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SAE reporting

By Ethical 16 Mar, 2021

SAE reporting is improved with efficiently managed safety data reconciliation

In spite of checks, verifications and extreme care given to the SAE reporting process by pharmacovigilance and safety teams; errors, omissions or misinterpretations can still occur and the capability of any individual system will not eliminate them completely. The redundant nature of SAE reporting in two different databases following parallel, yet dissimilar methodologies, offers an ideal opportunity to improve the quality of SAE reporting provided there is a good method for comparing and mutually enriching these two sets of safety data. This methodology, known as the SAE data reconciliation process, is nevertheless a complex operation involving several departments. If not run efficiently, this process can cause delays and overhead work. With the use of the appropriate software tools, however, SAE data reconciliation can be an important factor of improvement of SAE reporting for both clinical and safety data sets.

Ensuring patients' safety is an important concern of clinical research and the main focus of Good Clinical Practices regulation (GCP). Clinical trials constitute the first encounter between patients and new drugs and the prompt timing of safety observations collection and reporting is paramount for the establishment of the safety profile and the benefit/risk ratio of Investigational Medicinal Products (IMP) or new Medical Devices (MD). Early detection of new safety observations in clinical trials relies heavily on the efficient collection, classification, coding and reporting of Adverse Events (AE) and, most importantly, Serious Adverse Events (SAE). This process is referred to as SAE reporting. 

It is of interest that AE and SAE information is often captured using two distinct data capture tools, the Case Report Form (CRF) and the SAE Form, and is recorded in two independent repositories, the clinical database and the pharmacovigilance or safety database. In the clinical process, SAE data is managed together with all other safety information for the purpose of a holistic safety evaluation of the new drug or device. In the pharmacovigilance SAE reporting process, SAE data is primarily prepared for reporting SUSARs (Suspected Unexpected Serious Adverse Drug Reactions) to Health Authorities. Therefore sponsor companies use a variety of computerized clinical and pharmacovigilance data management systems selected on the basis of those different needs. 

As one would expect, given the extreme care given to data processing in clinical research as a whole, each of the two SAE reporting paths is built around robust processes and incorporates multiple checks. Nevertheless, the complexity of clinical trials still leaves room for improvement. Errors, omissions and misinterpretations are frequently encountered in spite of all the “bells and whistles” built in the two SAE reporting methods. This is where SAE data reconciliation, the process of comparing the two databases and optimizing the accuracy of the data, comes into play and allows an improvement beyond the intrinsic capabilities of either individual SAE reporting process.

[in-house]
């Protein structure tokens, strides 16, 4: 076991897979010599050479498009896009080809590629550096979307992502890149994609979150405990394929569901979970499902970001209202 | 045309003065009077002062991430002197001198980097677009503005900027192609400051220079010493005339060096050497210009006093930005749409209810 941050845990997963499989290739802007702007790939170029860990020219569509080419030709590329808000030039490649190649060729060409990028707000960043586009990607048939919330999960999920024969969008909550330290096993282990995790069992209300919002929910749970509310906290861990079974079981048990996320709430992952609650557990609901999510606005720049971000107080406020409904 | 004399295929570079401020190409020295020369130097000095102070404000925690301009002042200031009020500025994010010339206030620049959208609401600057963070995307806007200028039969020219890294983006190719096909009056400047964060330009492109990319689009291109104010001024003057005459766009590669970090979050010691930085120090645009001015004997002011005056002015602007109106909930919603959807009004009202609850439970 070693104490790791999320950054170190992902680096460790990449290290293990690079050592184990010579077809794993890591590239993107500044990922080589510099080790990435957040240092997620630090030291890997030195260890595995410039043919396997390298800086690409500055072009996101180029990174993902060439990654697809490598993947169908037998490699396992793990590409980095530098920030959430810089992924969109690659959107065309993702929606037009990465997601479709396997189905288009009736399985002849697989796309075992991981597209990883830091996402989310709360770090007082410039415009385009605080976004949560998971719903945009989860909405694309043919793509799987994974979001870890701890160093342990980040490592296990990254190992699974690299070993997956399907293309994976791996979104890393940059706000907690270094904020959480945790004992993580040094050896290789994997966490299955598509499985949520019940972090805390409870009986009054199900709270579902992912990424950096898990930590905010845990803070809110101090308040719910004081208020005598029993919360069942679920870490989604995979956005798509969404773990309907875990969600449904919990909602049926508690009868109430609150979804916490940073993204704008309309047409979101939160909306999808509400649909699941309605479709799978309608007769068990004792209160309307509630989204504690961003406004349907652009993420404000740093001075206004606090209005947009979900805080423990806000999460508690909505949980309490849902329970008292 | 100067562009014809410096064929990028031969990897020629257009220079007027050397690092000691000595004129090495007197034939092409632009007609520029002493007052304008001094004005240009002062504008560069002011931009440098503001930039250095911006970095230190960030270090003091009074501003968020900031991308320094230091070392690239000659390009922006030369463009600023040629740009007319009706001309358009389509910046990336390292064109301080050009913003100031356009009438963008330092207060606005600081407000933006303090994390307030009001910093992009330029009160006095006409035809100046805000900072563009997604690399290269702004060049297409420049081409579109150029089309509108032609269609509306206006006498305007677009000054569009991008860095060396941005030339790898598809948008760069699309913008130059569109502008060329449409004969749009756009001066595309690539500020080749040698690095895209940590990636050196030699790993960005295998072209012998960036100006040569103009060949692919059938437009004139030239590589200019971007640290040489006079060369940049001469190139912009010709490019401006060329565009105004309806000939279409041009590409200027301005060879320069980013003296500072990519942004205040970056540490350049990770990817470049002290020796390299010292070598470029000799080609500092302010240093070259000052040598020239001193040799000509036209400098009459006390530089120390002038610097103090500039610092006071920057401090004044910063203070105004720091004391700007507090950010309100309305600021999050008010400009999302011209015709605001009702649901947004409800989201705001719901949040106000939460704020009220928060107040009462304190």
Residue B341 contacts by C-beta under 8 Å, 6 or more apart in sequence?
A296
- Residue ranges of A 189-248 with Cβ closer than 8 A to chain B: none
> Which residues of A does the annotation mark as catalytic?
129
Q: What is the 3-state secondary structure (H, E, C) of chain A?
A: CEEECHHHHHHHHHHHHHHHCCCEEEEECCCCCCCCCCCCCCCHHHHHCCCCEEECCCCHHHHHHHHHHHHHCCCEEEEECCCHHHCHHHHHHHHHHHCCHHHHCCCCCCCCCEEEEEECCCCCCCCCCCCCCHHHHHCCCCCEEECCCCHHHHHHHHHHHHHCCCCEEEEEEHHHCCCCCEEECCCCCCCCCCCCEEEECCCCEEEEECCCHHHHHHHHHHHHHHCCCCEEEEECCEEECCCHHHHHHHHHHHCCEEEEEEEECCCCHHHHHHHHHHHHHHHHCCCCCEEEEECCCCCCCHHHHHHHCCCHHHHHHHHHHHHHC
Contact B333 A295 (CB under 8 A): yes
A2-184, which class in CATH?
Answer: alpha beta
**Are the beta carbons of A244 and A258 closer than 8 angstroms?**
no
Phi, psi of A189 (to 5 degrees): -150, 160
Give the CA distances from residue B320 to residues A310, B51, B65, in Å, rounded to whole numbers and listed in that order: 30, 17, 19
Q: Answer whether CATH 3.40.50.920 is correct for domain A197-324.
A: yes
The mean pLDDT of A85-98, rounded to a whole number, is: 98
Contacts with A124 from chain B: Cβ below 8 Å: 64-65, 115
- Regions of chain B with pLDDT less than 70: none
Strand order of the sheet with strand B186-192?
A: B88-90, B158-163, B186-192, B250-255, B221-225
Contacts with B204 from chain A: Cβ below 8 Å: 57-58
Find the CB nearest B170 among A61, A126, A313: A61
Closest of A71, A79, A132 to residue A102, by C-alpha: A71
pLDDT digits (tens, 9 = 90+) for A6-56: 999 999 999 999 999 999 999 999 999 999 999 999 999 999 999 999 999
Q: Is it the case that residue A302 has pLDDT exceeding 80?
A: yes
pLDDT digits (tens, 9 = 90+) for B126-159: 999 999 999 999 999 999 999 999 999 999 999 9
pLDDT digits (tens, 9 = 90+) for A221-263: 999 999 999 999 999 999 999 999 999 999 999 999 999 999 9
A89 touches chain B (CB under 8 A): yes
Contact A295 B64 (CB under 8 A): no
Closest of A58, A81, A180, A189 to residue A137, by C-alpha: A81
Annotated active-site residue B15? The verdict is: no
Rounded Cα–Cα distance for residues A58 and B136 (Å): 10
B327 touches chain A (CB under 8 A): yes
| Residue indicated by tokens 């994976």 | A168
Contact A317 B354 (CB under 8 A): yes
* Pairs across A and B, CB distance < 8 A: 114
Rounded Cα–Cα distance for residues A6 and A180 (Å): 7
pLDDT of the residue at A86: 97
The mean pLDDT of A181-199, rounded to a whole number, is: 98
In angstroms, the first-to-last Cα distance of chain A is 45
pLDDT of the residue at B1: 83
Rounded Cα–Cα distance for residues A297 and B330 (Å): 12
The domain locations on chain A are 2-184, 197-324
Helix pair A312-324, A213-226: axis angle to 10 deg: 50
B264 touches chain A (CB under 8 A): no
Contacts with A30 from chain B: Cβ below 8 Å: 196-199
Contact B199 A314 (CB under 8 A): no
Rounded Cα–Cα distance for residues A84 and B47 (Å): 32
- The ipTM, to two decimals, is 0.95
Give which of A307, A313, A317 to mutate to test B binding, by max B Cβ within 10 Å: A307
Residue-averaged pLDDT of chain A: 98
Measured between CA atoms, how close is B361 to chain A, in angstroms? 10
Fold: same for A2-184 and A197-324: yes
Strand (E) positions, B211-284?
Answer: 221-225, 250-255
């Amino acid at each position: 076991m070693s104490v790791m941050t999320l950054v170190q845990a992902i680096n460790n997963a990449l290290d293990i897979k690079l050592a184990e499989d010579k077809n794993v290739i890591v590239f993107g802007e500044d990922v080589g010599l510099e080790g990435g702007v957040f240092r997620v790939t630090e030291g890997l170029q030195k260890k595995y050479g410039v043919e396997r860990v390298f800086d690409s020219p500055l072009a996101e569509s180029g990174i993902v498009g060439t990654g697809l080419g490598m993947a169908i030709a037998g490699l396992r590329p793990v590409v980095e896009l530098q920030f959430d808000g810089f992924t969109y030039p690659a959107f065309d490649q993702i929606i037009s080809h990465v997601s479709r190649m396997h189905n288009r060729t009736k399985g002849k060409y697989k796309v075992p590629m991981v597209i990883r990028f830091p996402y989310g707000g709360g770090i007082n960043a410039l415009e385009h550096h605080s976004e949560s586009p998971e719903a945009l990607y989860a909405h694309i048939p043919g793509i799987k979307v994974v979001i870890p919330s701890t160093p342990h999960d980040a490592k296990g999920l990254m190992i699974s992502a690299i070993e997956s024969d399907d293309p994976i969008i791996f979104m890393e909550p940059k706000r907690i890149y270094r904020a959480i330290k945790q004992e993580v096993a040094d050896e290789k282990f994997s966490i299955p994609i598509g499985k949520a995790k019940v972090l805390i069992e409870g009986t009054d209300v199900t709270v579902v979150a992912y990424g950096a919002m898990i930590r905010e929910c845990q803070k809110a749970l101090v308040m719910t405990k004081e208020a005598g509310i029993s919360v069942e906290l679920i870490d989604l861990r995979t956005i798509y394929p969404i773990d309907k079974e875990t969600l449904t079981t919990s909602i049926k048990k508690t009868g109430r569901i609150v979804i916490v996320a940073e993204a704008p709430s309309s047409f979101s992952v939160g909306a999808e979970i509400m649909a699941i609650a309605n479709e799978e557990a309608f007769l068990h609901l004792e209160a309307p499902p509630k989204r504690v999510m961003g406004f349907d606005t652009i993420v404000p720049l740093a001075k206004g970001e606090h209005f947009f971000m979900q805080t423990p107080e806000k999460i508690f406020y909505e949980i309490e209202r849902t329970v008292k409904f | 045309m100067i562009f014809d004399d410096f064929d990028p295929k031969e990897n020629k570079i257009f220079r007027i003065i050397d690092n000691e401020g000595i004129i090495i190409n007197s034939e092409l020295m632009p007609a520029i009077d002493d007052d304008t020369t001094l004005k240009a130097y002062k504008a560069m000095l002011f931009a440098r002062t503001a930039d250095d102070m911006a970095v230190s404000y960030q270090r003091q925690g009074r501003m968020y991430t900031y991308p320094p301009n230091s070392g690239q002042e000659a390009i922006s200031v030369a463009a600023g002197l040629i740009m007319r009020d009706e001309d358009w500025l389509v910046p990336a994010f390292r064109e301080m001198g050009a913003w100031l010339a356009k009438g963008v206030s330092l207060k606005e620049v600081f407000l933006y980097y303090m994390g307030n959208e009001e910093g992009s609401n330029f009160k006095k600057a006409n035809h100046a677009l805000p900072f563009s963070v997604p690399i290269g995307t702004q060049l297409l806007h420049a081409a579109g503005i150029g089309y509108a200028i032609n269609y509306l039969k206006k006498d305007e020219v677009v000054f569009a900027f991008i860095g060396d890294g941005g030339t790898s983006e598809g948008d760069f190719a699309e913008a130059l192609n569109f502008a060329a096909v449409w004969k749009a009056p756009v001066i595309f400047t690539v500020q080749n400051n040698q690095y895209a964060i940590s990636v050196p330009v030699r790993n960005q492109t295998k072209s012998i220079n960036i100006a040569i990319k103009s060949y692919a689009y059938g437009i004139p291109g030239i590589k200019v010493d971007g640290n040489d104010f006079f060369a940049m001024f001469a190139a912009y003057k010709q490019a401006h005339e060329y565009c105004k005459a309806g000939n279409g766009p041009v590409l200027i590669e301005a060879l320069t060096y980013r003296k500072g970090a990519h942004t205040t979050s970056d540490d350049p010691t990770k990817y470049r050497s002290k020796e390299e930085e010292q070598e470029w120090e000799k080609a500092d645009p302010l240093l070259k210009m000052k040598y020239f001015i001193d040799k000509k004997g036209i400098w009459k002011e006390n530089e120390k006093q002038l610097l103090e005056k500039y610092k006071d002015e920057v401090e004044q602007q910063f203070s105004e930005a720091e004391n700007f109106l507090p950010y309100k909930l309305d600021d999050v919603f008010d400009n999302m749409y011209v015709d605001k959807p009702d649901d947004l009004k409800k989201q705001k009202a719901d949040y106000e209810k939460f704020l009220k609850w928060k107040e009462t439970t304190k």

SAE data reconciliation is in itself a complex process that brings together several departments such as Data Management, Medical, Safety and Clinical Operations. Coordinating different departments is not a trivial task and governance must be well defined and followed in order to obtain the expected result and harvest the benefits. Drug safety / pharmacovigilance usually drives the process together with data management since SAE reporting is dependent on potential corrections. Medical is called in when medical questions arise and operations handle the query resolution sub-process. Regular meetings have to be organized to review discrepancies and decide on the best actions to resolve them. In addition, SAE data reconciliation needs to be performed all along the conduct of a clinical study in order to avoid creating bottlenecks at the time of database lock. This necessity creates another set of challenges. Indeed, if reconciliation occurs in a continuous base, it has to account for different types of changes of the data recorded in the two databases that are due to updates and corrections. Finally, all actions and decisions need to be fully documented for future inspections and control.

Implementing a faultless SAE reporting is not an easy task. In the past decades, technology has been called to assist in all levels, from data capture to the classification, formatting and reporting of SAEs in the safety and pharmacovigilance area. In parallel, clinical data quality is also supported by powerful software for data collection and management. SAE data reconciliation brings an additional level of quality to the safety data and must also be supported by the right computer tool to remain efficient and cost effective. Only under these conditions SAE reporting can achieve maximum quality and reliability at a reasonable cost.

A software like Ethical’s eReconciliation® helps improve the quality of SAE reporting by supporting efficient management of the SAE data reconciliation process. Integrating easily with most clinical and safety databases, eReconciliation® offers efficient search tools to rapidly find discrepant values, integrated operational features that facilitate cross-functional collaboration and a GXP compliant Audit Trail to easily document all discrepancies resolutions.

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